Valve will no longer be working on Artifact or its sequel, the company announced today.
When it was first announced in 2017, the reaction to Artifact was already mixed at best. The game was released in November 2018, only to lose almost 90 percent of its players in a matter of five months. While the gameplay was innovative enough with many cool mechanics, fans were divided on Artifact’s economic model and random elements. After noticing the original version’s fundamental flaws, Valve announced that it’d go back to the drawing board.
But today, the development of Artifact 2.0, the overhauled version of Artifact, came to an end.
“While we’re reasonably satisfied we accomplished most of our game-side goals, we haven’t managed to get the active player numbers to a level that justifies further development at this time.” Valve said. Despite all the new features and fixes, Artifact 2.0 still wasn’t able to convince the fan base to return to the game.
The community was still divided on whether the original version of the game was actually better than the reworked product. The invite waves to the beta were also slower than expected, causing most people to lose interest.
Even though Valve is stopping development of Artifact 2.0, the company will keep the two versions of the game alive. The original version is being renamed to Artifact Classic, while the 2.0 beta is now called Artifact Foundry.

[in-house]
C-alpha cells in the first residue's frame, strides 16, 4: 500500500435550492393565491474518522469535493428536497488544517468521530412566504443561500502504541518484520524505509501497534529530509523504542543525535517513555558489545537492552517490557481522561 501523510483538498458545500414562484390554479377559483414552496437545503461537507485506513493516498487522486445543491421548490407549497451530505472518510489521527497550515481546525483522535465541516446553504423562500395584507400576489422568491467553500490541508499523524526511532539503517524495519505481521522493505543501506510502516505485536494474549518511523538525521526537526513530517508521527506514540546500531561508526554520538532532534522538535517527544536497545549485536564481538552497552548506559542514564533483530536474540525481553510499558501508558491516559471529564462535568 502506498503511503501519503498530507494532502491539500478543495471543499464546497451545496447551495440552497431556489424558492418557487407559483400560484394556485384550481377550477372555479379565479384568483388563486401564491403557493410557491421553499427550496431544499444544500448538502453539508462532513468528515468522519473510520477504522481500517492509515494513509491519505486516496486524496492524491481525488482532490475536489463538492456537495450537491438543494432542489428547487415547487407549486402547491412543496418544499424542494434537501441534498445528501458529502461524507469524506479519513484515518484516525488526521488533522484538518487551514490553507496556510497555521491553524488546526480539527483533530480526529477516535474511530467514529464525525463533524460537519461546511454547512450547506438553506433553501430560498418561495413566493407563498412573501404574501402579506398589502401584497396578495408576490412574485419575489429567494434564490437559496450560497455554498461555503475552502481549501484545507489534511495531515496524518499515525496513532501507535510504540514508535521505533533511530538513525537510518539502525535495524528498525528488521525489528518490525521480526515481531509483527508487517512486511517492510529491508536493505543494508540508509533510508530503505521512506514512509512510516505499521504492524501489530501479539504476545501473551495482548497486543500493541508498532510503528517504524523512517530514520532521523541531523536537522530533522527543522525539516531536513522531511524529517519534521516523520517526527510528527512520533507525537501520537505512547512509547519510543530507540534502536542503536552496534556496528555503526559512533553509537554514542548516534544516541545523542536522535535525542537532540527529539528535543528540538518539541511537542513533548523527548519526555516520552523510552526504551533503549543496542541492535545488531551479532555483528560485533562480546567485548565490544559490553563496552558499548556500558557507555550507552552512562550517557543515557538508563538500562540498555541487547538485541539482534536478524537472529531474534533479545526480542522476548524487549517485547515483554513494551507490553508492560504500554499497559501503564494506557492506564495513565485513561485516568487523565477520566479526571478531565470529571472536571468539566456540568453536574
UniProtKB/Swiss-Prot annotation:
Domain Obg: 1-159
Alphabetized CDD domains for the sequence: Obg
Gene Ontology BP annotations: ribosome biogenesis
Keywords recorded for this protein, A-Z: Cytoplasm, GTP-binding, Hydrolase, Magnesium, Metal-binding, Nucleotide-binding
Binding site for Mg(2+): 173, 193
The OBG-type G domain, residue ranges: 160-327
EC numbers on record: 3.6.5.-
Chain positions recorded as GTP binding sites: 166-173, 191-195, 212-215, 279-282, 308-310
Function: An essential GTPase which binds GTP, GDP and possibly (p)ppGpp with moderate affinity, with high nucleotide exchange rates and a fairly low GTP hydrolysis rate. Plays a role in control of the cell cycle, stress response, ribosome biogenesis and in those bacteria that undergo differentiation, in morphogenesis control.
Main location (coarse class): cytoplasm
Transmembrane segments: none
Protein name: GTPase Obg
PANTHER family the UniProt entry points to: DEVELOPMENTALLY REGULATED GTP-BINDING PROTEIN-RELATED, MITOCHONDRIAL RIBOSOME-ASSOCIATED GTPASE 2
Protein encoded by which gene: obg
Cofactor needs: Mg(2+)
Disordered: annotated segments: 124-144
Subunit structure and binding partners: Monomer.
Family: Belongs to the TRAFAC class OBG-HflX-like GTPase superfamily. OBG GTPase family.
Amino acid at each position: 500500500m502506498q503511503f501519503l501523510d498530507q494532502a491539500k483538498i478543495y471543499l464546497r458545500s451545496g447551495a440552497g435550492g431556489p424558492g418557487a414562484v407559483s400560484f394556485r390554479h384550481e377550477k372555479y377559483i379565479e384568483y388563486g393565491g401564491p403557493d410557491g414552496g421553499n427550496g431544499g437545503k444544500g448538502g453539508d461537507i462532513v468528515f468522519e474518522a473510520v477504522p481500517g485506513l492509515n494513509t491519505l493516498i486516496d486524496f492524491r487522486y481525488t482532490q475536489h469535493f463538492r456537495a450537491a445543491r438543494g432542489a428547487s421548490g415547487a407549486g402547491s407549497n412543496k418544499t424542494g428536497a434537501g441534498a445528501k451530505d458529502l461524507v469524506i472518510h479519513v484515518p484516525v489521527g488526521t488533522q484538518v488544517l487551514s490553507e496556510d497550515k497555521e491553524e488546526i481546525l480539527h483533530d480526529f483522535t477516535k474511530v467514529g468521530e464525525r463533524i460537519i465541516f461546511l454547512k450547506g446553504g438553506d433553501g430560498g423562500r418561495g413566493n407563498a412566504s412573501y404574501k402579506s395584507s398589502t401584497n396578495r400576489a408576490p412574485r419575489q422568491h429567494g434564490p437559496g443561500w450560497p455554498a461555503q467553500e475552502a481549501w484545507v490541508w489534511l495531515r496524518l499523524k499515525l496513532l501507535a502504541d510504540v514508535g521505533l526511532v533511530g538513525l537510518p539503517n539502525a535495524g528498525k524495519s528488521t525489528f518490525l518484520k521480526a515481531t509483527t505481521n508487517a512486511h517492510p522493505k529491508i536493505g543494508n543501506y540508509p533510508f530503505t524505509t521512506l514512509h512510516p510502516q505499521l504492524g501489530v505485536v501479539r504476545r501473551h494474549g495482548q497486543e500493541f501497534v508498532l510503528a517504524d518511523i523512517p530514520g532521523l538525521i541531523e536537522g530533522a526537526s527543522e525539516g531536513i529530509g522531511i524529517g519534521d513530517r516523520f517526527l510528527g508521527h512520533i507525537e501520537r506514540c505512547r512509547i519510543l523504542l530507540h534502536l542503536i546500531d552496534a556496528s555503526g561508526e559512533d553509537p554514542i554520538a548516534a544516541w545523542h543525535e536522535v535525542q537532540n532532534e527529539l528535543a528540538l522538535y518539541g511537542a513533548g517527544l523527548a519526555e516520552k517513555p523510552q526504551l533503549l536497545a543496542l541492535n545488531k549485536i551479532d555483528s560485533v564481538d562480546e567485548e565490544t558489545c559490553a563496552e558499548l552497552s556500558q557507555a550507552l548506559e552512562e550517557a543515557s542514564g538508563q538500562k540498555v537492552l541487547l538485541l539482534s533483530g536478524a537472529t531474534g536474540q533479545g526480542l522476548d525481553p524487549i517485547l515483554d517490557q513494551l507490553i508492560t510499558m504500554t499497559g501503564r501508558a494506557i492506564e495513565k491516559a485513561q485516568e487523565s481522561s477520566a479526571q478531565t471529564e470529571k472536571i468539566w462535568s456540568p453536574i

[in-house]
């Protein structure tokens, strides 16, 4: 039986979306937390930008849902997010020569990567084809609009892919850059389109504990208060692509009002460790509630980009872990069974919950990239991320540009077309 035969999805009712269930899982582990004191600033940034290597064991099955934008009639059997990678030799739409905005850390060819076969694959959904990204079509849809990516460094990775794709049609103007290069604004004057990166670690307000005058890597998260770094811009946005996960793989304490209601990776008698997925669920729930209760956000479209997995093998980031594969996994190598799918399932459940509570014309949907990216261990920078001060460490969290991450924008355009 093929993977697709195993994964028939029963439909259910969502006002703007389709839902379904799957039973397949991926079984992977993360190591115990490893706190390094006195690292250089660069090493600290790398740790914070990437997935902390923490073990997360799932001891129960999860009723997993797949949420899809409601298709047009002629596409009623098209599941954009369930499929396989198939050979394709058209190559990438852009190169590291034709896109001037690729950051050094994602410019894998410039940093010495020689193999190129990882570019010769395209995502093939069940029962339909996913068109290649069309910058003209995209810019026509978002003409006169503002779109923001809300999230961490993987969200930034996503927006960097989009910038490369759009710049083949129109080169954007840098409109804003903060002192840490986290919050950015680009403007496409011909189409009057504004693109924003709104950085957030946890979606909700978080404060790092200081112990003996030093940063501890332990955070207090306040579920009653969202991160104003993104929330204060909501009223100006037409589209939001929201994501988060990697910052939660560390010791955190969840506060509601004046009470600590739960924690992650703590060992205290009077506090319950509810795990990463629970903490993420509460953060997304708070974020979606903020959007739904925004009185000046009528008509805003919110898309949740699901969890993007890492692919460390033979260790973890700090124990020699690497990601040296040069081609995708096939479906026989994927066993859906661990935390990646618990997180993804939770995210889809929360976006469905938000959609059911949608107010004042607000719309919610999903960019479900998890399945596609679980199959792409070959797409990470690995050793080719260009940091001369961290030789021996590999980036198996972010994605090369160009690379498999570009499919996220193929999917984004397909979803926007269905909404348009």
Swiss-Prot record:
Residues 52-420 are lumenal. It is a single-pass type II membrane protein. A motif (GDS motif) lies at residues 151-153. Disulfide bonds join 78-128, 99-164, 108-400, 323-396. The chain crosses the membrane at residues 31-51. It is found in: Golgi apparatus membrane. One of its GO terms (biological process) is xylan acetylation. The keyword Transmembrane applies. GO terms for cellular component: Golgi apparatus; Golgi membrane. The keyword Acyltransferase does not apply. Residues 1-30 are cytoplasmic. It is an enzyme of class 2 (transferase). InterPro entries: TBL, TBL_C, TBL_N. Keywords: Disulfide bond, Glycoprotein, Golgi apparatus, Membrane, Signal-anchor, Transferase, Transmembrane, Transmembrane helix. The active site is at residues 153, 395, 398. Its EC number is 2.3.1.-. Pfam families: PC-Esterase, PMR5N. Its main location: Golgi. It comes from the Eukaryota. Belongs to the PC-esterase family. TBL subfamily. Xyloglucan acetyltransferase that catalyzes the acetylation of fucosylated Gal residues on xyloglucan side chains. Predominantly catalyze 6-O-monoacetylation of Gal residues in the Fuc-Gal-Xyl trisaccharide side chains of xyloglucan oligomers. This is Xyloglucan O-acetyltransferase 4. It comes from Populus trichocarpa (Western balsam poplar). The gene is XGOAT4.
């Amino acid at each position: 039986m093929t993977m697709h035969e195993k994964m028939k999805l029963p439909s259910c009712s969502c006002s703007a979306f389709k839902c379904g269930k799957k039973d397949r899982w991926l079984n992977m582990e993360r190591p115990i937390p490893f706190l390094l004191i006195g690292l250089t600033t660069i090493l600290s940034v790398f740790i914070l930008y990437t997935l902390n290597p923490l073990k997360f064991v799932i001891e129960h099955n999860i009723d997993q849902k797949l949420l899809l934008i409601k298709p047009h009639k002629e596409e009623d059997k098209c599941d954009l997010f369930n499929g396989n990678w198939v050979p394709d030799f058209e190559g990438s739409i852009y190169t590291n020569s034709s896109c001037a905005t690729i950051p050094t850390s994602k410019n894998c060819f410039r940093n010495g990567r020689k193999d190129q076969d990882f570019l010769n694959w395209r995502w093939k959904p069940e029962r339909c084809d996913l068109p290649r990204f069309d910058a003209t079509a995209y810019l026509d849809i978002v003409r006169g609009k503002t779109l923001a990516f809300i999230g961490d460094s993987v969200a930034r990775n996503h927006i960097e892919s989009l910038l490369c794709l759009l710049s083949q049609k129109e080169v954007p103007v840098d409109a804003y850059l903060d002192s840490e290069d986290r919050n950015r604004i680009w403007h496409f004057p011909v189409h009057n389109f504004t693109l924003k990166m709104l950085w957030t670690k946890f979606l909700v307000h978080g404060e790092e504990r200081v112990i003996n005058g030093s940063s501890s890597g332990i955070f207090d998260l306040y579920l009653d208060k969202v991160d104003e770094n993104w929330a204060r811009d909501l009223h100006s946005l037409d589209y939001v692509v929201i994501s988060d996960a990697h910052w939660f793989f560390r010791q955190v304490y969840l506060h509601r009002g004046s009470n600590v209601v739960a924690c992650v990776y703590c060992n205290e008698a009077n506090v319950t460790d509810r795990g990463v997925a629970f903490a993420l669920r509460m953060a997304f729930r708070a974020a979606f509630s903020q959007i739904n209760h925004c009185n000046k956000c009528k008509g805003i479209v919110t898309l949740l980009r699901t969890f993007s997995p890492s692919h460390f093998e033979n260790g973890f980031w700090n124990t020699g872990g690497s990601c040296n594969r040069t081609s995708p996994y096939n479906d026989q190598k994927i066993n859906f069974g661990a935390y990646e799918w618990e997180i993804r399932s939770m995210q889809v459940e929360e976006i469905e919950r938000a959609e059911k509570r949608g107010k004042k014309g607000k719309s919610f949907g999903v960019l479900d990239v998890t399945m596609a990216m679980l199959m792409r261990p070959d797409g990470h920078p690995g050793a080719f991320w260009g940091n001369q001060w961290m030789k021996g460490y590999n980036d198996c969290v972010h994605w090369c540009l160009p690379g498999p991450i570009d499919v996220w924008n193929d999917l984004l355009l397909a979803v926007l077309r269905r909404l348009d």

Artifact Classic is free-to-play and players will have access to all cards from the get-go. The marketplace integration was removed from the game, but players who bought the game and the cards in the past will receive the “Collector’s Edition” version of their collection, which will be marketable. Paid event tickets are also gone, meaning players will be able to enjoy all the game modes. Paid players will continue to earn Collector’s Edition cards while playing the game, but free-to-play users won’t.
Artifact Foundry will also be free-to-play and cards will be unlocked through gameplay. There won’t be any card packs or cards for sale, meaning playing the game is the only way to unlock all the cards. Artifact Foundry cards won’t be for sale and all the card art that was created for the game is now live.
The addition of a Collector’s Edition to Artifact Classic means that refunding the original title won’t be possible and the anticipated $1 million prize pool tournament likely won’t happen.
Though keeping both versions of the game alive is an excellent way to pay tribute to the legacy of Artifact, some people may wonder if there were other ways to save the game. It had no issues drawing in players with a potential International-like tournament on the horizon.
The players who quit soon after its release in 2018 didn’t have many chances to hear about the game. Only the dedicated fans on community hubs like Reddit were up-to-date enough to try out the most recent version of the game.
Artifact could potentially relive its glory days with a little marketing, but if that still doesn’t justify the costs, it’d be hard to blame Valve for finally pulling the plug.